To be honest I became worried from almost the first chapter - when we are once again treated to the story of Mimi dodging the bombs to visit newborn John in hospital. There was no air raid on the night John was born, which is historical fact. Other reviewers have already mentioned Yoko's story of Uncle George meeting her, when he had died while John was still of school age. Also worrying is the assertion that Mimi had an affair with a boarder. She may, or may not, have had a love affair with a boarder, but it was not an, as implied, marital affair.
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11 of 12 people found the following review helpful By M. Rosin on November 8, 2013
Format: Hardcover
If you want an accurate book about the early Beatles, read Mark Lewisohn's fabulous, well-researched, highly detailed new book, Tune in. Kane's book is filled with so many inaccuracies, it's laughable. Kane actually states that Yoko had met John's Uncle George -- who had DIED at least a decade before John met Yoko. And Kane's suggestion that Paul pushed Stuart Sutcliffe out of the band because Paul supposedly wanted to play bass is ridiculous when you consider that Stuart was only IN the band because John, Paul, and George didn't WANT to play bass. Kane's persistent anti-Paul bias is grating and predictable. And why Kane relies heavily on quotes from Yoko -- who wasn't around at all during the Beatles early years -- shows you who Kane was working for when he wrote this feeble book. Ignore the 5-star reviews of this book; they're no do doubt written by the author's friends and family. Instead, by Mark Lewisohn's book. He tells the story without bias.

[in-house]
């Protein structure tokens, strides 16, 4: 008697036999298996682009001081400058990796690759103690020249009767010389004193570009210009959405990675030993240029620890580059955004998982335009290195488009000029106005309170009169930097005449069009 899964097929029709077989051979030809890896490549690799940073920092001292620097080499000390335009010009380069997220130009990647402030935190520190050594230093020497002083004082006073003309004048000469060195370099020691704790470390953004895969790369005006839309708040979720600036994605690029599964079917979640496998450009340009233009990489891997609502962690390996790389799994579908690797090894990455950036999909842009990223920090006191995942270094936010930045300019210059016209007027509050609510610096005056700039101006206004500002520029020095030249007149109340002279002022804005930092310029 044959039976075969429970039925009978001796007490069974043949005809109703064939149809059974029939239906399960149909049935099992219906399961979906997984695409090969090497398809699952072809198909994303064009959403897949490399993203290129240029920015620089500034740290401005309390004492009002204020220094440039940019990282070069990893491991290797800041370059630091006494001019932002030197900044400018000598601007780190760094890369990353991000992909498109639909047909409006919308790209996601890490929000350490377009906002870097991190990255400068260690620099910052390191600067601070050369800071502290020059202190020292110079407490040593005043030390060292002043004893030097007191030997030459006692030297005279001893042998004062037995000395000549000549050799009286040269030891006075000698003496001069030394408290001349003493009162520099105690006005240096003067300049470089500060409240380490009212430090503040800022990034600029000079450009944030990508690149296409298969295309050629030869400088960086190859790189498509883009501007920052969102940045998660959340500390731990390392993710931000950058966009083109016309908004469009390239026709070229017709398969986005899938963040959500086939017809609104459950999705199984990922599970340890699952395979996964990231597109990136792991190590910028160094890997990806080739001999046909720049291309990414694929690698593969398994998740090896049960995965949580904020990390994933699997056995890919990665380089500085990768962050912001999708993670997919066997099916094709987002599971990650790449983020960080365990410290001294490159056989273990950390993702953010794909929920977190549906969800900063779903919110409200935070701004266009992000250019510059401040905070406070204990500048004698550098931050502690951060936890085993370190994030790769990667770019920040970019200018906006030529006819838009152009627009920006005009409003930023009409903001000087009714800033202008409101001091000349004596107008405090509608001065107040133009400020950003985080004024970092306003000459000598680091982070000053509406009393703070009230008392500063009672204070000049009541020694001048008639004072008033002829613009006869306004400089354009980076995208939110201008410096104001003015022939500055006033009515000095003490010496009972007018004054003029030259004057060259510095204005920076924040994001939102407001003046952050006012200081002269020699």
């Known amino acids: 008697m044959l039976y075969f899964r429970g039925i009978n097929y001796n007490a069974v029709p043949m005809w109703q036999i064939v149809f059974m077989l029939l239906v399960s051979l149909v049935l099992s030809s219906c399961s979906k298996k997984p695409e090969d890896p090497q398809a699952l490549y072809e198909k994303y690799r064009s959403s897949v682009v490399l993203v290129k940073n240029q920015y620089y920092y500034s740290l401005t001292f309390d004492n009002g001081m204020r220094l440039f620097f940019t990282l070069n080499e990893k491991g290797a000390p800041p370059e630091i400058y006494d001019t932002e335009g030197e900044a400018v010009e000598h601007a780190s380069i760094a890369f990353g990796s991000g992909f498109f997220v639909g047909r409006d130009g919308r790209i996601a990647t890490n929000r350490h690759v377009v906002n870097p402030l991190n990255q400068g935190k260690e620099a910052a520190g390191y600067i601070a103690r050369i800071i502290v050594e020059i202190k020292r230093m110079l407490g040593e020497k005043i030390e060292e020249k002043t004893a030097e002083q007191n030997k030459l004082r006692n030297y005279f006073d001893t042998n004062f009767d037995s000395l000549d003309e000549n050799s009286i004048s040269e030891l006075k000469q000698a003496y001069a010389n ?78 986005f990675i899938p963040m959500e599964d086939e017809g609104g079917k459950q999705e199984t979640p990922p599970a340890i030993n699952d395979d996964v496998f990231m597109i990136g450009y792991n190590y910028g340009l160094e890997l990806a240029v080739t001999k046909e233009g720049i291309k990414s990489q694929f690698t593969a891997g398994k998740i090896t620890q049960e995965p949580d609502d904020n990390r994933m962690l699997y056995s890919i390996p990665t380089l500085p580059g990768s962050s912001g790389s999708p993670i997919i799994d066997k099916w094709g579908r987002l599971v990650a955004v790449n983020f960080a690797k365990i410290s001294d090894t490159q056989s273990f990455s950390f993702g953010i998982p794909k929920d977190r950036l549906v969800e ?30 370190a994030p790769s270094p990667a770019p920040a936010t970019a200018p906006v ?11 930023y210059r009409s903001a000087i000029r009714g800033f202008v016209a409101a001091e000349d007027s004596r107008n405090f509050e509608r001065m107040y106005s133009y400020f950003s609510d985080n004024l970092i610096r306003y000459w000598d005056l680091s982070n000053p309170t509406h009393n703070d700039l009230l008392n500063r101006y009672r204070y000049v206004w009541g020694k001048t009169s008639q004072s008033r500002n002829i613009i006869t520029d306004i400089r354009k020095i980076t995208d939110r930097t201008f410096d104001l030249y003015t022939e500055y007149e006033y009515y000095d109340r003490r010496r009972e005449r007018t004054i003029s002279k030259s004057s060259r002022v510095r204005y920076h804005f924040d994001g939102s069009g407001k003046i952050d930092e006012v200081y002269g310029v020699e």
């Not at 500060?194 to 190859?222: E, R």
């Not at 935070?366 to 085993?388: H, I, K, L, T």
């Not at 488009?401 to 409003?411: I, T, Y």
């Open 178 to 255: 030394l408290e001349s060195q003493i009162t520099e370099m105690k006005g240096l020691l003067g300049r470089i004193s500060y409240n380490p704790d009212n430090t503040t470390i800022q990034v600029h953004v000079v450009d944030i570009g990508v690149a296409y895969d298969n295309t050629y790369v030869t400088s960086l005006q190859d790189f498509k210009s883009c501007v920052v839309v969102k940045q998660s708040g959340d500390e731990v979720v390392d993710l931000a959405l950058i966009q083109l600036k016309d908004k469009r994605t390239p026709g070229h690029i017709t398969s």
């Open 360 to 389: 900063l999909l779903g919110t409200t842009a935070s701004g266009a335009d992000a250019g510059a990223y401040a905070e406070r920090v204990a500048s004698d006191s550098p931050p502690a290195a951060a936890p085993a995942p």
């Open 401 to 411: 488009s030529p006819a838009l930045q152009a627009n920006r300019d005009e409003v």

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11 of 12 people found the following review helpful By A Beatles fan from the 60's on November 4, 2013
Format: Kindle Edition Verified Purchase
Poorly written, repetitive, very hard to force myself to continue to the end. I found that even the pictures were without interest.
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14 of 17 people found the following review helpful By Jim H. on October 15, 2013
Format: Hardcover
I'm not quite sure why Mr. Kane (like several other know-it-alls) have to continually refer to Ringo as the "luckiest guy in the world". The Beatles knew him in Rory, they loved his playing, he was a better drummer and better fit than Pete. His left-handed drumming on a right handed kit and his unique style/amazing drum fills that are vastly underrated by people like Mr. Kane, who don't care to know any better. In an era that yielded drum solos and drummers as superstars, Ringo didn't want or need that. Unlike others, he was happiest being part of the team. Ringo was the band's glue, sense of humour, and peacemaker. Give him his due.